In the last week or so of October 2012, Alan Kohler and News Limited, through a number of their outlets, commenced a campaign in regard to superannuation. The public relations firm they have used describes the campaign in the following terms:
Called Save Our Super, the campaign is agitating for major changes to the industry – so regular Aussies don’t have to spend their retirements eating cat food because their superfund manager made a poor decision. Basically, the aim is for people to realise superfunds operate to make profits for themselves – not people – and if you end up with nothing at retirement it’s your own fault.
Individuals are being urged to sign up to www.SaveOurSuper.com.au. Those signing up are required to provide some personal details, including email address and year of birth.
The website is associated with both the Eureka Report and Business Spectator. Both publications were purchased by News Limited earlier this year for a reported $25 million to $30 million. Clearly a return on this capital is being sought. A focus of the Eureka Report is on paid subscriptions by trustees of self -managed superannuation funds (SMSFs) and by other retail investors.
Given the ownership of the Eureka Report, a number of commentators have concluded that one of the aims of the campaign is for News Limited to increase subscription and other revenue.
Moving back or moving forward?
While the campaign clearly is critical of existing superannuation supervision and arrangements and is supportive of greater engagement by individuals with their superannuation, it is less clear what specific changes are being sought.
However the campaign does put forward as a benchmark the arrangements that applied when big companies and public-sector employers provided generous guaranteed defined benefit pensions to their employees, or at least the mainly white collar males who had continuous employment periods of 30 years or more.
A problem with a goal of this type is that those days are gone, with changes mostly for the better. Superannuation is now an entitlement for practically all employees. Rather than only 40 per cent of the labour force having super and only some of them ever working long enough in one job to get a good private pension, the coverage rate is well over 90 per cent and individuals get to take their super with them when they change jobs. Getting the level of adequacy provided by a generous defined benefit pension scheme would require employer contributions of 18 per cent or more for all employees. We have all seen the recent scenes on television where heavily in debt Governments overseas are reducing or not paying pensions. The Australian system means that we will never be in this position.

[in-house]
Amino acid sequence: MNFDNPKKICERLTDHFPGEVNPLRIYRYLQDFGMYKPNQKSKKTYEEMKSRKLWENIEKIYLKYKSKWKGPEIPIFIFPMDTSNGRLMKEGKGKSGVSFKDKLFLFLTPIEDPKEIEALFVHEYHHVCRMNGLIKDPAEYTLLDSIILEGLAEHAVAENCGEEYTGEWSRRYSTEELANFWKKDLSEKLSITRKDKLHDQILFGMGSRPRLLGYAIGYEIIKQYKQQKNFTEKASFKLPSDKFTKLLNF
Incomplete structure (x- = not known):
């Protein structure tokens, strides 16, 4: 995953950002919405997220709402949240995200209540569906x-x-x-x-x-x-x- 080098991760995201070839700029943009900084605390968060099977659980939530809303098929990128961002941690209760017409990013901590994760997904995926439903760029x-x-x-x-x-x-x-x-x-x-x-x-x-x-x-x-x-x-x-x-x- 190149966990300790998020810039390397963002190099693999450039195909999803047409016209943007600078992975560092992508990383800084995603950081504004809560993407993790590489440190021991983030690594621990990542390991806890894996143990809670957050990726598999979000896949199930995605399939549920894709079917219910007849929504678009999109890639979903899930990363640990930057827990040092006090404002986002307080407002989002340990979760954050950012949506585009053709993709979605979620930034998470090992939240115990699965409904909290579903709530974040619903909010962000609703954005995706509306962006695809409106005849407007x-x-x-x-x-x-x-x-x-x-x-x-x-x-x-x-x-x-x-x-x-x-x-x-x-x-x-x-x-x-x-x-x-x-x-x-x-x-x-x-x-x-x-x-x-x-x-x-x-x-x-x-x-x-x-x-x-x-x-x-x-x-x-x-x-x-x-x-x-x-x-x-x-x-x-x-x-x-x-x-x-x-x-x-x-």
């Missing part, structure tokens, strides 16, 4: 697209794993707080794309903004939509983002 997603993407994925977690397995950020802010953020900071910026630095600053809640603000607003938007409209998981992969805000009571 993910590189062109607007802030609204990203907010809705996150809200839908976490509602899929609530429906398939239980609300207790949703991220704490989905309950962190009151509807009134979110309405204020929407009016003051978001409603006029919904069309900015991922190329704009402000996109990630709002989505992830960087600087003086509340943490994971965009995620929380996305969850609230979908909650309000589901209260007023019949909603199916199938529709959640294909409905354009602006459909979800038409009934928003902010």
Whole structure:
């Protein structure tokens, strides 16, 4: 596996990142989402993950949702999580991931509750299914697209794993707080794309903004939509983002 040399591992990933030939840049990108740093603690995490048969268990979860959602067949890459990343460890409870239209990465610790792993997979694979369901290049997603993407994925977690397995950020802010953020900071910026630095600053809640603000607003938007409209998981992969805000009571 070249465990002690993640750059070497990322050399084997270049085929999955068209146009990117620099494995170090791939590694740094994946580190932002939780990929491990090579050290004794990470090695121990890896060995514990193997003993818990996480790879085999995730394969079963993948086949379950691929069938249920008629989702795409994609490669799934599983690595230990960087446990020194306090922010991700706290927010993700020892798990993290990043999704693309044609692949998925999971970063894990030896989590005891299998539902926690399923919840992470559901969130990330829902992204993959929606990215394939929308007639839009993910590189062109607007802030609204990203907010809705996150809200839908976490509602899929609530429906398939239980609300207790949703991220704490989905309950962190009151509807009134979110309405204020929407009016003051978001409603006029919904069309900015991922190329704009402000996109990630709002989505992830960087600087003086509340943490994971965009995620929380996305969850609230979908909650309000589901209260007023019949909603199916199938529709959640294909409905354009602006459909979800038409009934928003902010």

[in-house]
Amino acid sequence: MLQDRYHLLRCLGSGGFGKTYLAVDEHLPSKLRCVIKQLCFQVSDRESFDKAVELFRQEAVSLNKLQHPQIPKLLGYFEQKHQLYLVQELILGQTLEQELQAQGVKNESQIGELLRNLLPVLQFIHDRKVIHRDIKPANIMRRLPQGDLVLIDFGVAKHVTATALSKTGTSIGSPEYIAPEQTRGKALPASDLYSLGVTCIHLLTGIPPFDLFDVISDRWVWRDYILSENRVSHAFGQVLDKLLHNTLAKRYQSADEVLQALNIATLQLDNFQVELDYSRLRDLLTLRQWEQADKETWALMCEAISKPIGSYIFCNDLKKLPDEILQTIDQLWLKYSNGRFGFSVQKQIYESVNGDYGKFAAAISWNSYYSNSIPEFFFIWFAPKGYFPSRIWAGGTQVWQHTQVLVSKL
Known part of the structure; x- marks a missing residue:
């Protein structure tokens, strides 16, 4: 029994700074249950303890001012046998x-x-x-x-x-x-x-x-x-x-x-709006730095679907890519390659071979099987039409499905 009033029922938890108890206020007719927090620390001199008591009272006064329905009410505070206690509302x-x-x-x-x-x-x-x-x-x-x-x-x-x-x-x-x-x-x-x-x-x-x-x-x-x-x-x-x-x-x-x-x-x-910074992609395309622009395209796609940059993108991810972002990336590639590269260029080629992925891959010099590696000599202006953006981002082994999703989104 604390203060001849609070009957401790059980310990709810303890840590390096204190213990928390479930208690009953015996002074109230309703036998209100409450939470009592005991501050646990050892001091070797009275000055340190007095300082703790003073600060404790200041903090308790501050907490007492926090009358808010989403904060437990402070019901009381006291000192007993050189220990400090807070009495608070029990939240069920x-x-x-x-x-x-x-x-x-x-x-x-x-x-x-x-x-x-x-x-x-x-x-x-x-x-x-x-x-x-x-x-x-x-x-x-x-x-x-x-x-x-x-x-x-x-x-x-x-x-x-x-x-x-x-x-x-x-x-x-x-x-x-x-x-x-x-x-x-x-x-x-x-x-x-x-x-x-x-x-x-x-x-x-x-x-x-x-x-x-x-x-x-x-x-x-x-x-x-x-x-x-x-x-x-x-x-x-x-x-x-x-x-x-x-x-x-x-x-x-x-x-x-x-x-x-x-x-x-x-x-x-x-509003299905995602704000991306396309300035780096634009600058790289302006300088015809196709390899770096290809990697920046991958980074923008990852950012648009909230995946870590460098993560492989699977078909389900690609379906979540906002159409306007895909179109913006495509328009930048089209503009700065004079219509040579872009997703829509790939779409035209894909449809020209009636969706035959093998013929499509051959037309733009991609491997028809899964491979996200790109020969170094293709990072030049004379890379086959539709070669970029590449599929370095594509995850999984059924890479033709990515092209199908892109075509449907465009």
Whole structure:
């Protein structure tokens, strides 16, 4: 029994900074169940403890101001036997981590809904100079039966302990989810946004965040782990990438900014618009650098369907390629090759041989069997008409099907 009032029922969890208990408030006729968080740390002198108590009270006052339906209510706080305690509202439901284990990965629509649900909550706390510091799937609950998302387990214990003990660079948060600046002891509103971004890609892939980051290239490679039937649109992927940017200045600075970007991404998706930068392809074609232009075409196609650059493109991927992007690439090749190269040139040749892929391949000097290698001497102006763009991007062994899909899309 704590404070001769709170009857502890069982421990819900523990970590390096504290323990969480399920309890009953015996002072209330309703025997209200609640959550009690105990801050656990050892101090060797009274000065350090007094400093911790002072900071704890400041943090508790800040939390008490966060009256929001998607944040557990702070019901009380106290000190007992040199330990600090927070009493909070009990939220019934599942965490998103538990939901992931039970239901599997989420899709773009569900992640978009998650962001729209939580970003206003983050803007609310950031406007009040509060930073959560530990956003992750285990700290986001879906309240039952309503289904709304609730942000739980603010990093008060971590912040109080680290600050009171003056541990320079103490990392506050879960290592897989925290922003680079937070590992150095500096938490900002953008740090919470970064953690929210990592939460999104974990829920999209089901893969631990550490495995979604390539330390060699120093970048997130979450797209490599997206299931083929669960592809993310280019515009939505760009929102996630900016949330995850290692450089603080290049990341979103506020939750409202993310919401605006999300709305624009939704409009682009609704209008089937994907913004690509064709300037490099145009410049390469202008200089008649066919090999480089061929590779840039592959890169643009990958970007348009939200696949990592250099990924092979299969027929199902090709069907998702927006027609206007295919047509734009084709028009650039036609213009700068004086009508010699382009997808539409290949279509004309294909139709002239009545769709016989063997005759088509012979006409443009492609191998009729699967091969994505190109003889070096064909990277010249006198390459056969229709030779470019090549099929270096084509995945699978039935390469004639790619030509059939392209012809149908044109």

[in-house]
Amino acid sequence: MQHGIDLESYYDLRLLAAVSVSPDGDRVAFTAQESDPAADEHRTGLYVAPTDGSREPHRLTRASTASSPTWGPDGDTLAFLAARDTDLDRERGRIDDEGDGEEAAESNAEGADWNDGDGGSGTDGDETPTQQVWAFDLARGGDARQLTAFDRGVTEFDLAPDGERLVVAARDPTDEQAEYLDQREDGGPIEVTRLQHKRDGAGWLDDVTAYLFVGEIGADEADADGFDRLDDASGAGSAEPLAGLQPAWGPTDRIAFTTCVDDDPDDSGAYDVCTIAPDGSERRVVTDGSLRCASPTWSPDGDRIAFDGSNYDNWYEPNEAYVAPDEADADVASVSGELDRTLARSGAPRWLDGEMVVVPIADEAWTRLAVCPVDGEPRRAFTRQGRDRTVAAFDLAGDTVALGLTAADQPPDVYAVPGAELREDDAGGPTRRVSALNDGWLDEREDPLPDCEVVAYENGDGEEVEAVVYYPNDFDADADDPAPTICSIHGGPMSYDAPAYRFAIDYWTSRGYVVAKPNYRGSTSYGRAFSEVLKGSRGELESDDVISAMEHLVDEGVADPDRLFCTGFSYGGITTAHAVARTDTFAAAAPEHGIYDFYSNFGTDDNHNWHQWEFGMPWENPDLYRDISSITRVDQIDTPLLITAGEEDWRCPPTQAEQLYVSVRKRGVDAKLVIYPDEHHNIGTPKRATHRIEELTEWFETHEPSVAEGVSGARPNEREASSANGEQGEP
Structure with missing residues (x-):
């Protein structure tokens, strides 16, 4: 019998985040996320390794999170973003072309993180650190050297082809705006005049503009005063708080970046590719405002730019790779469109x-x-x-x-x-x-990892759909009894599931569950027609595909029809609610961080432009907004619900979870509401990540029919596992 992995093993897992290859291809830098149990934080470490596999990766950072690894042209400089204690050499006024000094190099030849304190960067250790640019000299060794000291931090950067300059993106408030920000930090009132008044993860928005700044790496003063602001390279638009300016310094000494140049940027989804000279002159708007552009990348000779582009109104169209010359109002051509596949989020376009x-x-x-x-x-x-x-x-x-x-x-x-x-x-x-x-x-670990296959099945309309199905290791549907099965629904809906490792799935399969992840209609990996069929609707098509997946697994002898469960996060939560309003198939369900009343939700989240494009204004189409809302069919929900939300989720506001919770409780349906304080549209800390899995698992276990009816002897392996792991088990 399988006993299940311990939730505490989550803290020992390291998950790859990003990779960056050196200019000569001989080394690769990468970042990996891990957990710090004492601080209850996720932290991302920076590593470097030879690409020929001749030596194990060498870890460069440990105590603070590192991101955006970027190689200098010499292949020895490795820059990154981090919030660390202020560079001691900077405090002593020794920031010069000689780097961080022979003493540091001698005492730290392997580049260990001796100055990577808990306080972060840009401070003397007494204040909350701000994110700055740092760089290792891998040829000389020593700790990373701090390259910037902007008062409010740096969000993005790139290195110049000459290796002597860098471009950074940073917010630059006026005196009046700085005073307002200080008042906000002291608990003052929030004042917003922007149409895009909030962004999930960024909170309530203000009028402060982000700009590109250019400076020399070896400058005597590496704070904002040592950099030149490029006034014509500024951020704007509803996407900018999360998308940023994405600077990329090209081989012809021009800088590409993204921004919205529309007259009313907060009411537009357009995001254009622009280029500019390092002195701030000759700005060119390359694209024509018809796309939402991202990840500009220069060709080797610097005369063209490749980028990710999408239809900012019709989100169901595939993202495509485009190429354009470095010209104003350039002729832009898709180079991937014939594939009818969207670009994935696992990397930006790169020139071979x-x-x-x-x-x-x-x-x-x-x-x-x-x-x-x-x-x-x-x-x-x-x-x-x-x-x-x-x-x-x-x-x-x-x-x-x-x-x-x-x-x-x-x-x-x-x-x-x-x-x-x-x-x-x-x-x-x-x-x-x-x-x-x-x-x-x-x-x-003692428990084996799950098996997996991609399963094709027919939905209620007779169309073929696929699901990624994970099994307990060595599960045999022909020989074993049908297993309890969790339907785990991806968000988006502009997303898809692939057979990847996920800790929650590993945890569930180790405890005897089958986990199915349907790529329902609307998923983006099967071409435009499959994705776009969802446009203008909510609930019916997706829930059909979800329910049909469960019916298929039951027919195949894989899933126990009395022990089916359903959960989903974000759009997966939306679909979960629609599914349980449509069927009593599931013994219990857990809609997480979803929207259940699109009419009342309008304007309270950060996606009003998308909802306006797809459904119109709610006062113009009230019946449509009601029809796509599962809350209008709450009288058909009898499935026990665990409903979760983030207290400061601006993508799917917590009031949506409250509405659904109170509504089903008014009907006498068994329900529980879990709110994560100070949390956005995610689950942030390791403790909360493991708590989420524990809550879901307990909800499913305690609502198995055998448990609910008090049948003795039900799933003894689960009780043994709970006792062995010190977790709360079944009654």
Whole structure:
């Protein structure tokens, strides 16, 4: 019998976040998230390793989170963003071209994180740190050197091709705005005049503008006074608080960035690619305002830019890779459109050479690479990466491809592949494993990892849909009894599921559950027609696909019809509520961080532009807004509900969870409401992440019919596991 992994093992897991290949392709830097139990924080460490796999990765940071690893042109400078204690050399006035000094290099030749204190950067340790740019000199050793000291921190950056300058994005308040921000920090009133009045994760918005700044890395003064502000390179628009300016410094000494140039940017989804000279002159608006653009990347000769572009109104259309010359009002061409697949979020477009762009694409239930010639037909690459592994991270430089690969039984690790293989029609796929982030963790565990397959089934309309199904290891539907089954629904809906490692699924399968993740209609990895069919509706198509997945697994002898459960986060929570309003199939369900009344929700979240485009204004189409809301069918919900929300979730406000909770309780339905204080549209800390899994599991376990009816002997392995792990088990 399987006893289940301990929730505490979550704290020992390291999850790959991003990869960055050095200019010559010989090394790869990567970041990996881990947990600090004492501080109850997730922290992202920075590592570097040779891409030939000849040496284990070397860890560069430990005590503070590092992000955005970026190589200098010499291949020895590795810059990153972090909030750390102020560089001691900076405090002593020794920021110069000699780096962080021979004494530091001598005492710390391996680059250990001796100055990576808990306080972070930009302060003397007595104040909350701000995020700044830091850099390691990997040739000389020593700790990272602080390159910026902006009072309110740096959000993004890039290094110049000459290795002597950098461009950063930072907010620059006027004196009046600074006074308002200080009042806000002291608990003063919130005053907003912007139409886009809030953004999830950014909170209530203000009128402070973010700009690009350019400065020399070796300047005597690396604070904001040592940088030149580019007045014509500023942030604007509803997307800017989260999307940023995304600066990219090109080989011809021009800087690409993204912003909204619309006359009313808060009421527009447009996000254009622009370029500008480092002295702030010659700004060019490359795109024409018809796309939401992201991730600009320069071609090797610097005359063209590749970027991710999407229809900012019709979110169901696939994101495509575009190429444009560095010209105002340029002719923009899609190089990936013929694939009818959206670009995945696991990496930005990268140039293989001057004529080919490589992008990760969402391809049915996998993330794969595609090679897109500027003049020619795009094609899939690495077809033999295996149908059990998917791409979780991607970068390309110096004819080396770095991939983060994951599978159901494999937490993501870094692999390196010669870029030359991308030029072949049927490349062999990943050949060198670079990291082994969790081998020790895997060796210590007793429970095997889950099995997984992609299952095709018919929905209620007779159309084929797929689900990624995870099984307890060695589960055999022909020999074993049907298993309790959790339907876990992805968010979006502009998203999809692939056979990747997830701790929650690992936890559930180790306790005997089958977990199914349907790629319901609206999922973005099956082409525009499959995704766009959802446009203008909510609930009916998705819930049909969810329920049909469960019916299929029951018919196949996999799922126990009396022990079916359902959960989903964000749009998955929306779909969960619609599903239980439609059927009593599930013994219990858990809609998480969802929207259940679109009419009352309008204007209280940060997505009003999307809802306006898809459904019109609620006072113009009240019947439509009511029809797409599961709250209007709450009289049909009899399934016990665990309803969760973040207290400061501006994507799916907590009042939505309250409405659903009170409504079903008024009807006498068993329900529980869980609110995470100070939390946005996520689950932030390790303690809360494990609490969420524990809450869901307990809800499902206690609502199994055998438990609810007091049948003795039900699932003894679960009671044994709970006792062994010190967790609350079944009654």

Basically the Save our Super campaign, based on the information published to date, is poorly researched both in regard to its criticism of current arrangements and with its alternative proposals being extremely underdeveloped.
How the Australian superannuation system compares to equivalent arrangements in other countries
The Save our Super campaign criticises group superannuation arrangements in Australia on the grounds that they deliver investment returns that are too low and incur costs that are too high. However recent data show that neither assertion is correct.
Average returns for workplace superannuation funds have bounced back. Recent increases in Australian share prices have pushed the rolling 12-month return up into double digit territory with 10.6 per cent recorded in September 2012; the highest it has been in more than three years (Rainmaker Information). Super fund returns over the past year are now approaching 2½ times what consumers would earn from cash term deposits after tax; fundamentally turning around the negative news on superannuation, at least for those who want to listen.
The strong bounce-back was triggered by the 2.2 per cent September monthly return from ASX listed shares and the 2.1 per cent from international share markets. Rolling 12-month Australian equity returns are now a stunning 14.5 per cent as at September 2012 and international equity returns are now 13.6 per cent, representing a massive reversal in fortune in just the three performance months since June. Three-year returns are meanwhile 4.4 per cent per annum (pa) and 10-year returns are 6.1 per cent pa.